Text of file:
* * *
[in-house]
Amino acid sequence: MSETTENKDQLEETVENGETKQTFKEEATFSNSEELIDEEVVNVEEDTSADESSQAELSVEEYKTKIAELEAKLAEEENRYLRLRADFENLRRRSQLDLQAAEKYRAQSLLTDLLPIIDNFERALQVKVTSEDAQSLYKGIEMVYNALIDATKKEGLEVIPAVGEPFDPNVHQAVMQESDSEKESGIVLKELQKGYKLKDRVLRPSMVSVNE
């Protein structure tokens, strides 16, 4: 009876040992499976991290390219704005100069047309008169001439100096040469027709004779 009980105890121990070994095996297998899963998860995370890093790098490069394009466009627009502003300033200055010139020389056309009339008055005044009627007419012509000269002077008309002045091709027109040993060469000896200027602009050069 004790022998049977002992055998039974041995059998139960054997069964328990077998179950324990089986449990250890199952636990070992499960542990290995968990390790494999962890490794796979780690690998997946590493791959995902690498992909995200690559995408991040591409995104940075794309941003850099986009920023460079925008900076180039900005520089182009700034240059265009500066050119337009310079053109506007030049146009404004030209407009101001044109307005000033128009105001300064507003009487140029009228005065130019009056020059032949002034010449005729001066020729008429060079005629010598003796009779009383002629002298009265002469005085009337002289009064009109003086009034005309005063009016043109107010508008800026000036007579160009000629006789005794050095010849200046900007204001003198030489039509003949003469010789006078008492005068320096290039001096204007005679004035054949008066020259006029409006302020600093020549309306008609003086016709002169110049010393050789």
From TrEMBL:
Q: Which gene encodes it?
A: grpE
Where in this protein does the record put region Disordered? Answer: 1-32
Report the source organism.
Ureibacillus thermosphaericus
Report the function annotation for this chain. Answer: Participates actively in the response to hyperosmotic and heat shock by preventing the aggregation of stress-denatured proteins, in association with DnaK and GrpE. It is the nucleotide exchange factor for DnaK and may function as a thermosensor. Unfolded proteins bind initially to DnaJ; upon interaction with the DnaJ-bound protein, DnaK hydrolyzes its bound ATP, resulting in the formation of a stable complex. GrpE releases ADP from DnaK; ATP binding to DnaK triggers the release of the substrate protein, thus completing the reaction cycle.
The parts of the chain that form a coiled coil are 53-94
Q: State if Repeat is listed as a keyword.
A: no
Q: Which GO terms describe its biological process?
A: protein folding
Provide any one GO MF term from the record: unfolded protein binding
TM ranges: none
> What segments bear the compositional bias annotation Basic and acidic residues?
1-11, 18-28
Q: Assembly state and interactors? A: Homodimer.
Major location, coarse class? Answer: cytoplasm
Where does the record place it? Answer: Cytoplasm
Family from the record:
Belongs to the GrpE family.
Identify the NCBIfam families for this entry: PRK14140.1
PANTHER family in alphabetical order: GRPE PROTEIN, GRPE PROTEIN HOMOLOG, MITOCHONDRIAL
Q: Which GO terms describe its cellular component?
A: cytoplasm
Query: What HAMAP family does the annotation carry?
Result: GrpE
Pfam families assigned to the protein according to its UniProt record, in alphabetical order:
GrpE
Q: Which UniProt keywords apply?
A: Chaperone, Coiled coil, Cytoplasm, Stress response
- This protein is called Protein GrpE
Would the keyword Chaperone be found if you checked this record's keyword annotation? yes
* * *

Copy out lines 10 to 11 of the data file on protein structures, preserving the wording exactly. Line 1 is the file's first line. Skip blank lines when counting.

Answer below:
Report the function annotation for this chain. Answer: Participates actively in the response to hyperosmotic and heat shock by preventing the aggregation of stress-denatured proteins, in association with DnaK and GrpE. It is the nucleotide exchange factor for DnaK and may function as a thermosensor. Unfolded proteins bind initially to DnaJ; upon interaction with the DnaJ-bound protein, DnaK hydrolyzes its bound ATP, resulting in the formation of a stable complex. GrpE releases ADP from DnaK; ATP binding to DnaK triggers the release of the substrate protein, thus completing the reaction cycle.
The parts of the chain that form a coiled coil are 53-94